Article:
Researchers have explained the cause of the undesirable effects of cortisone preparations
Although cortisone is successfully used in many diseases, it often causes undesirable side effects, including metabolism. Why is that so, he was now enlightened by an international research team.
Drug with a wide range of applications
Cortizone is prescribed by a doctor under many different conditions. It is often used in inflammation and allergic reactions. Among others, it is also applied to skin diseases, rheumatism, asthma, bowel disease, or multiple sclerosis. Although almost no other drugs have such a range of applications, many patients have reservations or fear of side effects of cortisone. Scientists were now able to explain the cause of certain side effects with cortisone preparations.
Undesirable effects in metabolism
Patients with long-acting anti-inflammatory steroids may experience side effects in metabolism.
Researchers Helmholtz Zentrum München and Ludwig-Maximilians-Universität München (LMU), members of the German Diabetes Research Center (DZD), have now been able to clarify the mechanism with international colleagues leading to this so-called Steroidal Diabetes.
The results were published in Nature Communications.
"Glucocorticoids, such as cortisone, have been used for many decades to treat inflammatory diseases such as asthma or rheumatism, and are the most prescribed preparation for anti-inflammatory therapy," explains prof. Dr. copper. Henriette Uhlenhaut in the report.
"But they are also used for autoimmune diseases, organ transplantation, or cancer," says the group leader at the Institute for Diabetes and Obesity at Helmholtz Zentrum München (IDO) and Gene Gene of LMU.
"It is estimated that between one and three per cent of people in the Western world are treated, which currently accounts for more than one million people in Germany."
However, their versatility is limited by the various side effects that may occur during treatment. These include metabolic side effects.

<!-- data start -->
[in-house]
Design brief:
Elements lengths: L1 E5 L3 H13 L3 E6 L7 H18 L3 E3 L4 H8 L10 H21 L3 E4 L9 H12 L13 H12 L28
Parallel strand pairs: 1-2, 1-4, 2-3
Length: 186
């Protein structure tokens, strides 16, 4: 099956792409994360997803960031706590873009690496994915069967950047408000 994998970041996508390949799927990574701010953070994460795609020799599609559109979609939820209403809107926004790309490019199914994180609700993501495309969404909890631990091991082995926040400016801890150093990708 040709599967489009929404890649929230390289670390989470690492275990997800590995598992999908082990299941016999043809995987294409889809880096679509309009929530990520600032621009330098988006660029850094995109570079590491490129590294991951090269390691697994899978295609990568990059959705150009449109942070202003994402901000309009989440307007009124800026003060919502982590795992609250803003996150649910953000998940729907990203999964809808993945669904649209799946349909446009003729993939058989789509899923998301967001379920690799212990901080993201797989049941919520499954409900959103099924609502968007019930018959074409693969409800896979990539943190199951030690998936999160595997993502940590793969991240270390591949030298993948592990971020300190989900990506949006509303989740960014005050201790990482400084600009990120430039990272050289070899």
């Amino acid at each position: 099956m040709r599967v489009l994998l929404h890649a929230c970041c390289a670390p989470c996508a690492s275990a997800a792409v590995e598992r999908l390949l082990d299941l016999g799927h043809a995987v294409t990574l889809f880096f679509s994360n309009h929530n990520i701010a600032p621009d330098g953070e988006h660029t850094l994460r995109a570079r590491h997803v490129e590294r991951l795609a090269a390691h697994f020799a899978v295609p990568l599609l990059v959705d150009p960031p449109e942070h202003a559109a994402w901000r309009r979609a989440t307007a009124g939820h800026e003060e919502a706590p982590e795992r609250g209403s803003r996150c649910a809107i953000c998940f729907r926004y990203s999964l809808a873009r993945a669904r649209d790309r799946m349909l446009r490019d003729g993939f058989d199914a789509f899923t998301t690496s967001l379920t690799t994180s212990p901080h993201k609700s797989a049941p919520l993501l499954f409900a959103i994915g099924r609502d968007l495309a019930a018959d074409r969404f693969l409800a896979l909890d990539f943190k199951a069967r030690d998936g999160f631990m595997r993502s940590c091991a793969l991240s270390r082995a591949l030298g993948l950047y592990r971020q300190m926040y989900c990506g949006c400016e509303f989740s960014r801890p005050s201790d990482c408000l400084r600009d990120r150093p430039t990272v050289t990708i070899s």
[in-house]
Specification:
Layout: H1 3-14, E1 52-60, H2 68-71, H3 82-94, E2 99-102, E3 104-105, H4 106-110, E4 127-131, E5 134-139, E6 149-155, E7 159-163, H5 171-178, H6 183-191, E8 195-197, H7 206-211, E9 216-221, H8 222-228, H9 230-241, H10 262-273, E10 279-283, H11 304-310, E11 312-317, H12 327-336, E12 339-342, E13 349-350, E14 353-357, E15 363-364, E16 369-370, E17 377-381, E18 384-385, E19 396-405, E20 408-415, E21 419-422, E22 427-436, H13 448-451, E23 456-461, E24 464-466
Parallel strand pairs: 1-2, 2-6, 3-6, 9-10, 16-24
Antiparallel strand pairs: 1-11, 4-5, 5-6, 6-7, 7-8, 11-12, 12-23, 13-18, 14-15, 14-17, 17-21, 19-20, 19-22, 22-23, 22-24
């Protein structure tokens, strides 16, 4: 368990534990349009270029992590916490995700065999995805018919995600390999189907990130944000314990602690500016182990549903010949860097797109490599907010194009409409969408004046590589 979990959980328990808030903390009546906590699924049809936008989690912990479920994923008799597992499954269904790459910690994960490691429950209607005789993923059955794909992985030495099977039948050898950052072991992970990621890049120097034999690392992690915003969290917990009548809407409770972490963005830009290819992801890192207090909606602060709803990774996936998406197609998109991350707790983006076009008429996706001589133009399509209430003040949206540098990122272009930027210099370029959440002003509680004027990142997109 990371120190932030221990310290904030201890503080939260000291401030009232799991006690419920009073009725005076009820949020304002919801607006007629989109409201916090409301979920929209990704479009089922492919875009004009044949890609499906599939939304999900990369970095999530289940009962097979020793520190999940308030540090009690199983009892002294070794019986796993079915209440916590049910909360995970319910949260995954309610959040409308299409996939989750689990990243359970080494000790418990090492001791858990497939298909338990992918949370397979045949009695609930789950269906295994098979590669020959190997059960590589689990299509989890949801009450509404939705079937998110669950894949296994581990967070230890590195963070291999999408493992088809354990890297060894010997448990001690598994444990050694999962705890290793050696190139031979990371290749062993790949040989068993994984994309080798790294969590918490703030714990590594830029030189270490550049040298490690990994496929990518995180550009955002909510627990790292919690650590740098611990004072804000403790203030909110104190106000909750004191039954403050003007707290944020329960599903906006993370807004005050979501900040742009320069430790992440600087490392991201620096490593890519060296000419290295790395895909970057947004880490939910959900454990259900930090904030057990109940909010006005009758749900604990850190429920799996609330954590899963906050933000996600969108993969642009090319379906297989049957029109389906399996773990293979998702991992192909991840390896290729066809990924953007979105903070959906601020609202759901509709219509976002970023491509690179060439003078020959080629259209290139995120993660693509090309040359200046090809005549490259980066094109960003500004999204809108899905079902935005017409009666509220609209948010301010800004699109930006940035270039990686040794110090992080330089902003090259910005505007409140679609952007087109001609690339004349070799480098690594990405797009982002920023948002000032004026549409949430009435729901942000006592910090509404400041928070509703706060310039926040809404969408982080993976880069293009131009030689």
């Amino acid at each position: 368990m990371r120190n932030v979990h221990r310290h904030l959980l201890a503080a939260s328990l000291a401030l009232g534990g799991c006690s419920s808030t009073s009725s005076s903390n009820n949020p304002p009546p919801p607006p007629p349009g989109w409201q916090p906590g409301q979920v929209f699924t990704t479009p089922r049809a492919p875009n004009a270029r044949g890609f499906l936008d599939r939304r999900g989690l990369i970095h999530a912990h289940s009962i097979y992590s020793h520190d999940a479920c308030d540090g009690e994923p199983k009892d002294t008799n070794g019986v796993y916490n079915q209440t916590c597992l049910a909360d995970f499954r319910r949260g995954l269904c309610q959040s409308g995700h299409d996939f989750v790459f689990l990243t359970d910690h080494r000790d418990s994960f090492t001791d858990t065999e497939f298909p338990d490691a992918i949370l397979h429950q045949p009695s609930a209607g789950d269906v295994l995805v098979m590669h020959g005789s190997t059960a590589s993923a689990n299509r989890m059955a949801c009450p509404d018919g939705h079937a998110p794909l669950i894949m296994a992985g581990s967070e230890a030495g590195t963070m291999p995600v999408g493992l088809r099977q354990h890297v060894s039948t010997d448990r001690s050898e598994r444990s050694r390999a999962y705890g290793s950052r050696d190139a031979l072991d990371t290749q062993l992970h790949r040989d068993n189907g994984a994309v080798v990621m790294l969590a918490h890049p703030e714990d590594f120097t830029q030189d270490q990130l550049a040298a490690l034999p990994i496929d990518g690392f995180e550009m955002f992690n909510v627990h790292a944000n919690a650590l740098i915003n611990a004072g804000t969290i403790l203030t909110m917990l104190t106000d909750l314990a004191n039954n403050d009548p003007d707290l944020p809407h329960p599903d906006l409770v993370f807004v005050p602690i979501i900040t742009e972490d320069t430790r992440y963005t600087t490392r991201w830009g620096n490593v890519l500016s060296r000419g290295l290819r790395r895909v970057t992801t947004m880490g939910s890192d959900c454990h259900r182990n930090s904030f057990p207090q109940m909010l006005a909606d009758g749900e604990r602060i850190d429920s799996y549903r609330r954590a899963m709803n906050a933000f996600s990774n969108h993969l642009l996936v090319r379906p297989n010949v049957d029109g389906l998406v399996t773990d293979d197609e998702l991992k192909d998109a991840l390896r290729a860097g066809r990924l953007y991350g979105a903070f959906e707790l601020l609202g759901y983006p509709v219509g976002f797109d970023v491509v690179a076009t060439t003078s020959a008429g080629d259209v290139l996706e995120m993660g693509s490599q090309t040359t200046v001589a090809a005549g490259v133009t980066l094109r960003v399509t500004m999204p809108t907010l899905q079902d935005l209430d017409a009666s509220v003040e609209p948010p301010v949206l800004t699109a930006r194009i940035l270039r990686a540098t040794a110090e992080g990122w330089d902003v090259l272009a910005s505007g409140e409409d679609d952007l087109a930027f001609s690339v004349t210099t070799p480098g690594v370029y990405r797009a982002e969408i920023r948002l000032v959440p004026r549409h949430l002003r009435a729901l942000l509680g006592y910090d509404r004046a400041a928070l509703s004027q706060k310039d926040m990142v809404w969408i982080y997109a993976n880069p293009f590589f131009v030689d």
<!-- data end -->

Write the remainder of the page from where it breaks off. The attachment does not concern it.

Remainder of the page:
Since glucocorticoids are bound to the receptor in the cells of the body, they start to turn on and turn off many genes.
"There are various metabolic genes that can lead to so-called steroidal diabetes," explains Henriette Uhlenhaut.
New possibilities of therapeutic intervention
In the current study, her team, along with colleagues from Max Delbrück's Molecular Medicine Center in Berlin, the Salk Institute in San Diego, and the University of Freiburg, investigated the precise mechanisms that monitor steroid binding to the receptor.
"We have been particularly affected by the transcription factor E47, which together with the glucocorticoid receptor provides for a change in gene activity, especially in the liver cells," says Charlotte Hemmer, PhD student of IDO and the first author of the present work.
"We were able to do this through genomic analyzes and genetic experiments."
In order for scientists to prove their findings, they also examined relationships in the preclinical model.
"In fact, the absence of E47 in this case was protected from the negative effects of glucocorticoids, while administration of steroids in intact E47 was associated with metabolic changes such as hypoglycemia, elevated blood lipids or fatty liver," explains Charlotte Hemmer.
Because the components of the newly found mechanism exist in humans, Uhlenhaut and her team, together with clinical collaboration partners, want to know if the results will be confirmed in the future.
"In this case, new possibilities of therapeutic intervention could be offered to suppress the side effects of steroid therapy with safer immunosuppressive drugs," hopes Henriette Uhlenhaut. (Ad)